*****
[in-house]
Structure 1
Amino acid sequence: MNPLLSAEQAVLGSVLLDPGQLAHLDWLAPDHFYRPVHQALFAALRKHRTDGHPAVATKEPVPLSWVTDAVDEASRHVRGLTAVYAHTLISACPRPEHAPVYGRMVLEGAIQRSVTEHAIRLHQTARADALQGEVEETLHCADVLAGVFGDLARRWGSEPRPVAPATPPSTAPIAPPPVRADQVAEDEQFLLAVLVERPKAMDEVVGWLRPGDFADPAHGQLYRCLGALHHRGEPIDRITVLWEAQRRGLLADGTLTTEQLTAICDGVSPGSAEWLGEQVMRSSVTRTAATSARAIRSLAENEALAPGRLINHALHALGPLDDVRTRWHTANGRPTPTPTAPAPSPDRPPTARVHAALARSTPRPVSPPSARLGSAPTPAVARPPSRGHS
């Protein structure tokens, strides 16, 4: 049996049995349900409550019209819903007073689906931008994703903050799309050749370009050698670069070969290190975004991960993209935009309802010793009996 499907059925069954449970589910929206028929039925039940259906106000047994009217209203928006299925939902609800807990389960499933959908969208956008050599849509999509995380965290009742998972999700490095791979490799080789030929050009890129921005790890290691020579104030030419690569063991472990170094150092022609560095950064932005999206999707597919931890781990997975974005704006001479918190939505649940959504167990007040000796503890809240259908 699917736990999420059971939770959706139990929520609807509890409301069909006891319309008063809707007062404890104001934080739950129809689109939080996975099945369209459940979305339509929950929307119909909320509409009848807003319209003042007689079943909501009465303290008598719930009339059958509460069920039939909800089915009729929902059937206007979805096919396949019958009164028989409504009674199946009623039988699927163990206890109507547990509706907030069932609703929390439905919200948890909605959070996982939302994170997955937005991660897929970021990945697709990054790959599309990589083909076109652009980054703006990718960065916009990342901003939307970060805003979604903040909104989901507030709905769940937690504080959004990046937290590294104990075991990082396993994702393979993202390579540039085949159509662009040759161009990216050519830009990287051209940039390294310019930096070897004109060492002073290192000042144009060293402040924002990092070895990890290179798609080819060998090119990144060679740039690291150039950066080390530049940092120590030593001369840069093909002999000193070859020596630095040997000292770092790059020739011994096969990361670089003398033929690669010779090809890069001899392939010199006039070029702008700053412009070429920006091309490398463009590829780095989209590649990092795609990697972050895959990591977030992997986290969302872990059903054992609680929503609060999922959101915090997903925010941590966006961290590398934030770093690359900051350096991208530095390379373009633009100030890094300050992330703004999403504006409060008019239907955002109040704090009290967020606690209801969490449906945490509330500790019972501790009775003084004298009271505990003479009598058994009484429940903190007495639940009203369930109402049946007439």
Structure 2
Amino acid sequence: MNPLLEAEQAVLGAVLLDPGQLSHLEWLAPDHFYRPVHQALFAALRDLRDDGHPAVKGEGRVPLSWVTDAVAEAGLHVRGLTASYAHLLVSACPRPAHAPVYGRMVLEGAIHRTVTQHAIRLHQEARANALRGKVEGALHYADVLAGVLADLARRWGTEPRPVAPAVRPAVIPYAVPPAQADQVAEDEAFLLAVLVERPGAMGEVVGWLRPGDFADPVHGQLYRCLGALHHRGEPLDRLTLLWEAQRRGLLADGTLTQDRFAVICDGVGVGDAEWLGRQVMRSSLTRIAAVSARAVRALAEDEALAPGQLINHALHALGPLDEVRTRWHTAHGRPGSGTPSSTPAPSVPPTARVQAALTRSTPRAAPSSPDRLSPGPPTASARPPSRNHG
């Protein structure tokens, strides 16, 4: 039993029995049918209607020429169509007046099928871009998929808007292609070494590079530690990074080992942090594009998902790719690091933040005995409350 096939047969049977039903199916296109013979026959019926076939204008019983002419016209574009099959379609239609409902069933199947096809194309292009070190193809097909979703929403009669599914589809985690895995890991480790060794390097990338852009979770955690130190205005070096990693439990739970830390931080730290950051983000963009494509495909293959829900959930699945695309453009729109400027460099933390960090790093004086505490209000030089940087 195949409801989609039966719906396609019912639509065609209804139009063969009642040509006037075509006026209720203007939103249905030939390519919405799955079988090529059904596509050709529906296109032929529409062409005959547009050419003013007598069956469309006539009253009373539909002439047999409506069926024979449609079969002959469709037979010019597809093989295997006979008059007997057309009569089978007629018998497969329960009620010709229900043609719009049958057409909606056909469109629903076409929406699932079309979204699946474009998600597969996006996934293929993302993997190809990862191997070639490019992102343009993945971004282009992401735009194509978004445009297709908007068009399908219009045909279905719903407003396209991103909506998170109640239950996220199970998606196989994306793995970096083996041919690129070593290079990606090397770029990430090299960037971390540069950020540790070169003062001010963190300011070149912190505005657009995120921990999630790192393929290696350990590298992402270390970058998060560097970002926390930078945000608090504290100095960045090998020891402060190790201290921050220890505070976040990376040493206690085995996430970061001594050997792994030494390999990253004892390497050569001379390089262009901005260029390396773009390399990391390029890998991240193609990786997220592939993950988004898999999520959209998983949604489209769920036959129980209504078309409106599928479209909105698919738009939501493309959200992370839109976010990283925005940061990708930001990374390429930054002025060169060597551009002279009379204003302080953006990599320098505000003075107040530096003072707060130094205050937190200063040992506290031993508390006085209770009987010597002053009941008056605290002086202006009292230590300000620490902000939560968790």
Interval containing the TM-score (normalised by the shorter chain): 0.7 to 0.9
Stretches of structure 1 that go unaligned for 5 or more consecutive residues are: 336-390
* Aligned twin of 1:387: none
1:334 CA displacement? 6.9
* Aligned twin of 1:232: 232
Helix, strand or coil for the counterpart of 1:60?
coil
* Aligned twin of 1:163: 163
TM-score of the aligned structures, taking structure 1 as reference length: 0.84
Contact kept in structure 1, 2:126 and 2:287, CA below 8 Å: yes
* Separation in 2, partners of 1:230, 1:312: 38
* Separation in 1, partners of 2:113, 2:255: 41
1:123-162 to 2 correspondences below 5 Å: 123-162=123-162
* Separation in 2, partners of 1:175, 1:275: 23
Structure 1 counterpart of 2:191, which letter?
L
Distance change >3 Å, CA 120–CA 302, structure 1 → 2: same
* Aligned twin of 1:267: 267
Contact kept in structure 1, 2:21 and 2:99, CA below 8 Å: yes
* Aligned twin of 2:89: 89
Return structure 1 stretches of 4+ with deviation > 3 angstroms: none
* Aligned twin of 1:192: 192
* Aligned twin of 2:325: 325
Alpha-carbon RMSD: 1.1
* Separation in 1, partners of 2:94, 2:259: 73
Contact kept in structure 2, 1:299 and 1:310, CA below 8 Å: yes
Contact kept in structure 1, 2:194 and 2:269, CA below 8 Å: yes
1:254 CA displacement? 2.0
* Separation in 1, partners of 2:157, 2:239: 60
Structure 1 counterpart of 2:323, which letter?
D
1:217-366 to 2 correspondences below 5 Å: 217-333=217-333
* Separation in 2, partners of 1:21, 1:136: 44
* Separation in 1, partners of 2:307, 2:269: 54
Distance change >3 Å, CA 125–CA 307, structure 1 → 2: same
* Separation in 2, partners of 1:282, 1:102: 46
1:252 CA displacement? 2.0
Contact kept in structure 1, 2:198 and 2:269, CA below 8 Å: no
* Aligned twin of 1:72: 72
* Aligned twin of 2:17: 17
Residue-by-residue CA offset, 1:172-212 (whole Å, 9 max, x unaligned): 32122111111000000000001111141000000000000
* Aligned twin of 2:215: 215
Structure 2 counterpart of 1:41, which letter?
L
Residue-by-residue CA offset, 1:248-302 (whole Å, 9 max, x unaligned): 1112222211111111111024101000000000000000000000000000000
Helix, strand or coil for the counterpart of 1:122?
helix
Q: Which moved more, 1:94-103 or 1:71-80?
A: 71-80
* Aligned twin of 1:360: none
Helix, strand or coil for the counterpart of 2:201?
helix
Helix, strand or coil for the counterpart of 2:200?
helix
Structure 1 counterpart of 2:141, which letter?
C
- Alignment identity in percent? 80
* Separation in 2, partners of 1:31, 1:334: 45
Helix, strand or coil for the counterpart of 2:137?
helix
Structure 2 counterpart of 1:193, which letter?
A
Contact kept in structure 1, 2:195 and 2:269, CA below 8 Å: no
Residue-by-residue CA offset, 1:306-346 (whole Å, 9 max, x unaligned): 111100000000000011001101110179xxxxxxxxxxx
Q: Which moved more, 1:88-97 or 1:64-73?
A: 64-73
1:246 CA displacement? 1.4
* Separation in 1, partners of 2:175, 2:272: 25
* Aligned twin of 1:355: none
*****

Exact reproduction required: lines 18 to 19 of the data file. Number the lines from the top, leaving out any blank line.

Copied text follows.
* Separation in 2, partners of 1:230, 1:312: 38
* Separation in 1, partners of 2:113, 2:255: 41